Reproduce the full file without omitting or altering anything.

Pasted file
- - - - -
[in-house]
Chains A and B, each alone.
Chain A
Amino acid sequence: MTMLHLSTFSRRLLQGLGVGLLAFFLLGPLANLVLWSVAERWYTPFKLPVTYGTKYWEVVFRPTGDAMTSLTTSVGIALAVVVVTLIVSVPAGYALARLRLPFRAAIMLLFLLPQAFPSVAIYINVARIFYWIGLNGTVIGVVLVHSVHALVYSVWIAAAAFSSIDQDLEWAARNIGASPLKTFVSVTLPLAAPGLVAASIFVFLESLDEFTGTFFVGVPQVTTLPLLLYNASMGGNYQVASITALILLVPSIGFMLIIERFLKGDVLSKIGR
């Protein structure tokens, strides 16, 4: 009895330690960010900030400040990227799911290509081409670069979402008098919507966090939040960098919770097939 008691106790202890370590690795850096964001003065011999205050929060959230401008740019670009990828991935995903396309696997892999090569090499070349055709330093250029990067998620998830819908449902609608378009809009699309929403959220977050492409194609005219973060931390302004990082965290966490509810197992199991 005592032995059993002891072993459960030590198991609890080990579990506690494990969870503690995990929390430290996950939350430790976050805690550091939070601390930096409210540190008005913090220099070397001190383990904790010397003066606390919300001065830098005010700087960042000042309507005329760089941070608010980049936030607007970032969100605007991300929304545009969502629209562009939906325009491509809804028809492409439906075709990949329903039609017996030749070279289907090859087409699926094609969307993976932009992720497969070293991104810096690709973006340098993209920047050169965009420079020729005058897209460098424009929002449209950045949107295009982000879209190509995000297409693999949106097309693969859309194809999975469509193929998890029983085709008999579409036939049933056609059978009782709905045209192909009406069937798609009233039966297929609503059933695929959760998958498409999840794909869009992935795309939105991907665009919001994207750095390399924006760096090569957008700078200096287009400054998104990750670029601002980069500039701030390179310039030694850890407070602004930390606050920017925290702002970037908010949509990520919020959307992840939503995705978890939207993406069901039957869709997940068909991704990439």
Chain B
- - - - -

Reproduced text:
[in-house]
Chains A and B, each alone.
Chain A
Amino acid sequence: MTMLHLSTFSRRLLQGLGVGLLAFFLLGPLANLVLWSVAERWYTPFKLPVTYGTKYWEVVFRPTGDAMTSLTTSVGIALAVVVVTLIVSVPAGYALARLRLPFRAAIMLLFLLPQAFPSVAIYINVARIFYWIGLNGTVIGVVLVHSVHALVYSVWIAAAAFSSIDQDLEWAARNIGASPLKTFVSVTLPLAAPGLVAASIFVFLESLDEFTGTFFVGVPQVTTLPLLLYNASMGGNYQVASITALILLVPSIGFMLIIERFLKGDVLSKIGR
């Protein structure tokens, strides 16, 4: 009895330690960010900030400040990227799911290509081409670069979402008098919507966090939040960098919770097939 008691106790202890370590690795850096964001003065011999205050929060959230401008740019670009990828991935995903396309696997892999090569090499070349055709330093250029990067998620998830819908449902609608378009809009699309929403959220977050492409194609005219973060931390302004990082965290966490509810197992199991 005592032995059993002891072993459960030590198991609890080990579990506690494990969870503690995990929390430290996950939350430790976050805690550091939070601390930096409210540190008005913090220099070397001190383990904790010397003066606390919300001065830098005010700087960042000042309507005329760089941070608010980049936030607007970032969100605007991300929304545009969502629209562009939906325009491509809804028809492409439906075709990949329903039609017996030749070279289907090859087409699926094609969307993976932009992720497969070293991104810096690709973006340098993209920047050169965009420079020729005058897209460098424009929002449209950045949107295009982000879209190509995000297409693999949106097309693969859309194809999975469509193929998890029983085709008999579409036939049933056609059978009782709905045209192909009406069937798609009233039966297929609503059933695929959760998958498409999840794909869009992935795309939105991907665009919001994207750095390399924006760096090569957008700078200096287009400054998104990750670029601002980069500039701030390179310039030694850890407070602004930390606050920017925290702002970037908010949509990520919020959307992840939503995705978890939207993406069901039957869709997940068909991704990439």
Chain B